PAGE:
CARLSBAD — The first of many school renovations under Measure HH, a bond measure to fund Carlsbad Unified School District’s extensive multi-year improvement program, is nearly complete.
Magnolia Elementary School, which opened in 1954, underwent a complete overhaul, including new classrooms, multi-purpose room, technology, natural lighting, an innovation lab, playground equipment, kitchen, fencing and a fresh-looking library, according to Principal Aaron Nelson and CUSD Superintendent Ben Churchill.
The cost for the rebuild was $21 million with only a few minor elements left to be completed after construction workers began their work last summer, Nelson said.
“The unveiling of our modernization coincided with our return to school, so it was like a rebirth for our school and community,” Nelson said. “It was like we were getting to start over fresh. It’s a school with deep history and deep ties to the community.”
The renovations are part of the district’s five-phase plan under Measure HH, a $265 million school bond passed by voters in 2018. Prior to the bond’s passage, the school district had set plans to expedite the bidding process and land reputable contractors due to the approval of a similar bond measure for other regional school districts.
Churchill said the second phase is currently in the planning stages and is expected to break ground on certain projects in summer 2022. These include campus-wide renovations at Aviara Oaks, Buena Vista and Jefferson elementary schools and Valley Middle School.
In addition to Magnolia, Kelly and Hope elementary schools are also undergoing “down to the studs” renovations, Churchill said, and those projects are nearing completion. Additionally, Carlsbad High School’s science building also received upgrades and six campuses added solar panels.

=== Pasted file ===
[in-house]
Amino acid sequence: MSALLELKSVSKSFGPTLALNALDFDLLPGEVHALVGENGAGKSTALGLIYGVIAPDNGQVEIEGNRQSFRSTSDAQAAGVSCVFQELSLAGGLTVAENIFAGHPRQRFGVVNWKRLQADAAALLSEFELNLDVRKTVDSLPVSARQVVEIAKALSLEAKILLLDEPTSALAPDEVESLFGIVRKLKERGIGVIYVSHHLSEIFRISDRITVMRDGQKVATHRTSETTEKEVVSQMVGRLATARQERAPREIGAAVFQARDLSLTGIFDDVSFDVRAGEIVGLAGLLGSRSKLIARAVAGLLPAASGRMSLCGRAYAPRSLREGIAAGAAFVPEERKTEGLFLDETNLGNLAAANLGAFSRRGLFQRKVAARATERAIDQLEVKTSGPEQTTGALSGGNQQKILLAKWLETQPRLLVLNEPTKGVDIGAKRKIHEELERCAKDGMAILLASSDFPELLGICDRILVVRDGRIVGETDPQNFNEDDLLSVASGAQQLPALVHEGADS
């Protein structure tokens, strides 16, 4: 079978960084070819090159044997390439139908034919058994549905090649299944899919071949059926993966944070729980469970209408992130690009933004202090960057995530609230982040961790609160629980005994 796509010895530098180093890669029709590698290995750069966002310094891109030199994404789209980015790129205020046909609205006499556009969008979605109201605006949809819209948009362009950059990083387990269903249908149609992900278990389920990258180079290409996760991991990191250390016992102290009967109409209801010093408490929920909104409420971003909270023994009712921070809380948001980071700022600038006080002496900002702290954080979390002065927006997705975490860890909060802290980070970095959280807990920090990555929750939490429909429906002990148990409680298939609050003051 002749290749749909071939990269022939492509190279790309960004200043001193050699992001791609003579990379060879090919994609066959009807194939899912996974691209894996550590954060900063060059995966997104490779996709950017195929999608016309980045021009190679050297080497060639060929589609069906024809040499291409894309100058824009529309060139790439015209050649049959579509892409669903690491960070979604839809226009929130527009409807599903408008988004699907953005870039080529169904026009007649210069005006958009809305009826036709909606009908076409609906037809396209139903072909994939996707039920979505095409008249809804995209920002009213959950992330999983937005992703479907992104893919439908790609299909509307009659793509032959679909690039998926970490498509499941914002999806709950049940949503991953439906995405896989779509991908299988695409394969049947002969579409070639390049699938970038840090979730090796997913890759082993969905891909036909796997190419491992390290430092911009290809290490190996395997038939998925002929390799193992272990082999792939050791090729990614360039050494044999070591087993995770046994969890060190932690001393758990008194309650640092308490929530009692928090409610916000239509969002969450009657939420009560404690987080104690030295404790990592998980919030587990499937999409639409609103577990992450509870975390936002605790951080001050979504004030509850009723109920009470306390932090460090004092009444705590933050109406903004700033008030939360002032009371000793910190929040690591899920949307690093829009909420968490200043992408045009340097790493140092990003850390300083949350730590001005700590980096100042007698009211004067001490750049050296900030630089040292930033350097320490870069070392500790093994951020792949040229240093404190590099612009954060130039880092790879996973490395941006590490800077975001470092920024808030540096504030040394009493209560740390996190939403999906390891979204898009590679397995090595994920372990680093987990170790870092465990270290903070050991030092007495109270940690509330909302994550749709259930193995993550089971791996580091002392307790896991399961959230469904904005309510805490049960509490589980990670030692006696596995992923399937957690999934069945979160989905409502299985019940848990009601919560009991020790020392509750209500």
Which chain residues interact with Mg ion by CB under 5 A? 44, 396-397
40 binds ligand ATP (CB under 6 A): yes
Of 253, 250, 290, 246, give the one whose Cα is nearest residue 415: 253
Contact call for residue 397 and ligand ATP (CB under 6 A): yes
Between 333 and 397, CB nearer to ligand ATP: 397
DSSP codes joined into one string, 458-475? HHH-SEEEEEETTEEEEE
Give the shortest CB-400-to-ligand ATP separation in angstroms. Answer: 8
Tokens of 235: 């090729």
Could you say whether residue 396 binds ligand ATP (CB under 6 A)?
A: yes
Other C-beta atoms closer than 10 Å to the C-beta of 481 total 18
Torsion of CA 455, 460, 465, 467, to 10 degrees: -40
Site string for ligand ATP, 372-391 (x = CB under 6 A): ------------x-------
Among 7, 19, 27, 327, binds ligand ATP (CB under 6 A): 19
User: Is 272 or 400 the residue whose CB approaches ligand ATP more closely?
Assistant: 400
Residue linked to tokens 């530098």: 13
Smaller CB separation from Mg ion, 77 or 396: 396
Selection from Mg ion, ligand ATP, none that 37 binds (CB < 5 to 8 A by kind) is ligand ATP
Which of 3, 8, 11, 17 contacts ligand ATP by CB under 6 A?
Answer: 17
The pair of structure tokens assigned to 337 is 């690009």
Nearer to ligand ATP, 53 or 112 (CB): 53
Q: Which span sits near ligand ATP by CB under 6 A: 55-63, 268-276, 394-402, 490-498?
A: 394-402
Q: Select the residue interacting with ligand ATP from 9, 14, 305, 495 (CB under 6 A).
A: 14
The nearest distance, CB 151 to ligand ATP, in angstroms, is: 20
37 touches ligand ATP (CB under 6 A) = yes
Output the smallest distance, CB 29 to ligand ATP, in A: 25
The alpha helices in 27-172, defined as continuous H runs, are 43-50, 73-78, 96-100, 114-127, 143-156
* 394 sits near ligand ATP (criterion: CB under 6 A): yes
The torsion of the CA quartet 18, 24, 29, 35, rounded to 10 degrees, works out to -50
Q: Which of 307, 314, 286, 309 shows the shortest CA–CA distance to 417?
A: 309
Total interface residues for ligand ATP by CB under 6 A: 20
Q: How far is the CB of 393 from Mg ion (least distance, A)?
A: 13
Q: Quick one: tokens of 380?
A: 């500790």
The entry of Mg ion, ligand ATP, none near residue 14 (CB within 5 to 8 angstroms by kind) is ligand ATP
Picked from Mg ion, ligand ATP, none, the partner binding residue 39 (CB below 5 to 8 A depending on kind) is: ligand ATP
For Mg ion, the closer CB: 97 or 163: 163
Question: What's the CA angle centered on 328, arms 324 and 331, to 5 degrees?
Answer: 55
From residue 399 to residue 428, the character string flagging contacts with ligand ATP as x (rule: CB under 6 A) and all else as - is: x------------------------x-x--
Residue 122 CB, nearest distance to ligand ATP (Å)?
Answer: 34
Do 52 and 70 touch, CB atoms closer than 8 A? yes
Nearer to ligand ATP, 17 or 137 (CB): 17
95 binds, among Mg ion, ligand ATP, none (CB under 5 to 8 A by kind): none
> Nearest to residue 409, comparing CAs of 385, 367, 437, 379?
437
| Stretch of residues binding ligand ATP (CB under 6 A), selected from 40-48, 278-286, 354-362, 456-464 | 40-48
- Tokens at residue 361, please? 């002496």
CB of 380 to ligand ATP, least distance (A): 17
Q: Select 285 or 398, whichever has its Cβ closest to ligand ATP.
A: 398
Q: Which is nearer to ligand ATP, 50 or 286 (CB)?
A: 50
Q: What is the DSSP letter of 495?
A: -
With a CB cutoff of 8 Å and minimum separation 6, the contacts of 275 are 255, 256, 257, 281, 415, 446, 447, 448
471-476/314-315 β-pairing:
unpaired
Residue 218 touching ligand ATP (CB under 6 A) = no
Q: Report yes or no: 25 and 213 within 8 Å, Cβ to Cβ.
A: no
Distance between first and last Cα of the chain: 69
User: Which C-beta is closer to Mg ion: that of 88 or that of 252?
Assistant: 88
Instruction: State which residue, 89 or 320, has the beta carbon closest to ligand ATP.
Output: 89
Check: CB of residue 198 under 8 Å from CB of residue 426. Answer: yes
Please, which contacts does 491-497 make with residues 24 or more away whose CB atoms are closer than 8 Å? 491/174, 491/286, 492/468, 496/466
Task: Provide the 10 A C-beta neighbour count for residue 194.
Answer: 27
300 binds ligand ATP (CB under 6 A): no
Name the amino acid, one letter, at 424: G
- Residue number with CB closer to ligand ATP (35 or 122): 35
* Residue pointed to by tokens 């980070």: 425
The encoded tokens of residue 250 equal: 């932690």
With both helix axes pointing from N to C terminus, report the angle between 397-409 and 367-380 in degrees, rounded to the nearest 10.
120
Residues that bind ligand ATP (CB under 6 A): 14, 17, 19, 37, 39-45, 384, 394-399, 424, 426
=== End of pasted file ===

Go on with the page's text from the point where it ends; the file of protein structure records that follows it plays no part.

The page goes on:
The projects at Kelly and Hope are expected to cost $19 million and $24 million, respectively, Churchill said.
As for Magnolia, Churchill and Nelson said one key component was to keep the school’s aesthetic in keeping with the character of the neighborhood. Nelson said many of the school’s population, which is about 500, are second and third-generation students.
“We wanted to honor the past and the tradition to our community that was so important to the school,” Nelson said. “But we also wanted to move into the 21st century and move it into the type of school that is going to prepare kids for their future and offer them the opportunities they need to be successful.”
For Nelson, though, the highlight of the renovations was to the school’s infrastructure, such as stormwater run-off, wiring, plumbing and duct system. He said rainfall would turn the middle of the campus into a flood zone, but now the run-off is diverted to an underground system.
Also, the school was able to expand its Magnolia Farms area, where students tend to several chickens and sell the eggs for feed. The upgrade will include a larger area for gardens, Nelson said.
“We were able to stage the construction, so a lot of the classroom stuff got done in summer when there were no students on campus,” Churchill said. “They were able to start teaching in the new classrooms right away. It looks and feels like it was built in the 1950s, but when you walk into the classrooms and they’re modern, bright and filled with technology.”
During The Coast News tour of Magnolia on Dec. 6, Nelson showed three classrooms connected by sliding doors, allowing classes to share resources and for kids accelerating through their specific grade curriculum to work at a higher level.
For example, a third-grader who excels at math and is advancing past the third-grade curriculum can join the fourth-grade class for instruction.